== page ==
3 of 5 people found the following review helpful
Not a book I've been able to read alone (in a good way)
, 1 July 2013
This review is from: Into The Woods: How Stories Work and Why We Tell Them (Paperback)
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This book seems to practically incite conversation at lunchtime:
`What's that you're reading?'.
`Um... story structure'.
`Why would you want to know about that?'
(I have a video DSLR camera and I bought a motorized dolly track, a steadicam, and Adobe Production Premium Suite, and now want to see about writing and creating some video shorts for the internet... but I don't say that because it would take too long, and instead I say):
`... so you can watch a film or TV programme and understand its structure and intent'.
`Doesn't that kill the enjoyment?'
`Only if you like being a passive audience.
'I don't follow..?'
'Um, ok. So for example, in Eastenders, they're always talking about family. That's their motive for everything, and it's what drives the plot. You'd expect to get things like gangsters and bad weddings in Eastenders, because that's an extreme part of their arc (family and honour), and once you know that driving force, you'd be surprised if there wasn't a Dirty Den and the Mitchell brothers in it. For Corrie it's all about community, and Emmerdale is tradition, so you get different dynamics and story arcs in both. It's fun actively picking that deeper storyline out rather than just watching it'.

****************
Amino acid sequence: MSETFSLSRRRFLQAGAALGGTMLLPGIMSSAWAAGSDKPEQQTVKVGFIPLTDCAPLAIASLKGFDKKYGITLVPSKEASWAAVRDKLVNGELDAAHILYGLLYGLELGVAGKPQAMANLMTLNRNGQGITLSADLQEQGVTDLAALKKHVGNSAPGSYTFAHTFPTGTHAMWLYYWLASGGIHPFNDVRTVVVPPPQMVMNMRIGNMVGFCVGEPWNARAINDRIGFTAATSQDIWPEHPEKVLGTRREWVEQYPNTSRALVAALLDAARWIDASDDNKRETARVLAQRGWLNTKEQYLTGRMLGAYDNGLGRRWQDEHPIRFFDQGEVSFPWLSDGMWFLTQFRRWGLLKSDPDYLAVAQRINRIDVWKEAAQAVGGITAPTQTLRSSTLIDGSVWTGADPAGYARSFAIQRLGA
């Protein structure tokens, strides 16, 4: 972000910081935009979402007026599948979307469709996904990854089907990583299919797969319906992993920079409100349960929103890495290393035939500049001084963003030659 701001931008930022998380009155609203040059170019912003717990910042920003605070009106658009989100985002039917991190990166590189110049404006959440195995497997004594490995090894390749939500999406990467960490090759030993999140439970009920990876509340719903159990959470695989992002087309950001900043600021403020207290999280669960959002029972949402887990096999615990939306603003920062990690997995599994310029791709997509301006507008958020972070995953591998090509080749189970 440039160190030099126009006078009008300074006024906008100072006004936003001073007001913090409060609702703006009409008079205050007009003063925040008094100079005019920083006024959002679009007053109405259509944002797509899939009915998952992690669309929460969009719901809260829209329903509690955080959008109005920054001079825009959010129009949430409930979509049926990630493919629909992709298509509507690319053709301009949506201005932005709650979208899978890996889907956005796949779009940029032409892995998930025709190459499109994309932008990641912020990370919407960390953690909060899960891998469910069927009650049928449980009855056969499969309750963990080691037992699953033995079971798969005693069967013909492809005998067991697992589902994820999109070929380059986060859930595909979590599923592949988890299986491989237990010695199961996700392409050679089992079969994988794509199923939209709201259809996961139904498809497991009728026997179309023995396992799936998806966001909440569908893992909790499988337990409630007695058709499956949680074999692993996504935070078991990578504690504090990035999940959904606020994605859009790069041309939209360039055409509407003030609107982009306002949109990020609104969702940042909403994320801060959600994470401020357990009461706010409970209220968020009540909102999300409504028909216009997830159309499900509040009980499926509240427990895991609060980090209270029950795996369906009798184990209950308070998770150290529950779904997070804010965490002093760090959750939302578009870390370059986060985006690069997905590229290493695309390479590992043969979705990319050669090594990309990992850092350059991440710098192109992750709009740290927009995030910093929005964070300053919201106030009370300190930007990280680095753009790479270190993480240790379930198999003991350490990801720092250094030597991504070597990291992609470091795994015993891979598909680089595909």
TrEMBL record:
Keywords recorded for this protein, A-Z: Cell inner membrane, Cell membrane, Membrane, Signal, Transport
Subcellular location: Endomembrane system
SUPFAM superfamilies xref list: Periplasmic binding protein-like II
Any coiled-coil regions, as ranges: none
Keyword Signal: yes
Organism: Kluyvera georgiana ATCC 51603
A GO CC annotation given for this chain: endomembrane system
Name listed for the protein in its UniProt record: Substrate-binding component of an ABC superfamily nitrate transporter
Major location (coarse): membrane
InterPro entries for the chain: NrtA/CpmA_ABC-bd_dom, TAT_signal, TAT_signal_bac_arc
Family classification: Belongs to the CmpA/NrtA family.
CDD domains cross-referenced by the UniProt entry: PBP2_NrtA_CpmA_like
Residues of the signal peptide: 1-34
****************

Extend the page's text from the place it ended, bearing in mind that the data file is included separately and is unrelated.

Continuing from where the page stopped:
Then I talk about this deeper storyline being so important that if it doesn't exist then someone has to invent it, otherwise you have no plot nor interest. This explains why you get backstories in Big Brother that the contestants later swear were manufactured for the screen. Even in reality TV and documentary we expect each character to have a definite purpose and an antagonist otherwise we will lose interest.
They go a bit thoughtful, um-and-ah a bit and we get onto films, and I say something like:
`Well, this book talks about Hollywood movies as well as television, but most competing books are all about movies, because they tend to be American and more aspirational: everyone there wants to do a big film straightaway. That makes this book much better for me: realistically, everyone's going to start on TV or web video, and this book was written by someone who's been involved in serials and TV commissioning'.
So they go on about enjoying a film and I say:
`How can you truly enjoy a film if you don't know why Citizen Kane is one of the greatest films, and Star Wars isn't?'.
Usually we meet somewhere in the middle (at around The Matrix).
I've had this conversation three times so far. Every one of them has looked at the blurb afterwards, and at the end have said
`Well, that sounds actually interesting. Can I, um, borrow it when you're finished?'...
So to conclude, both myself and a few of my nosier friends recommend this book.
I'm just psyching myself up to having to buy another copy when this one goes walkabout!
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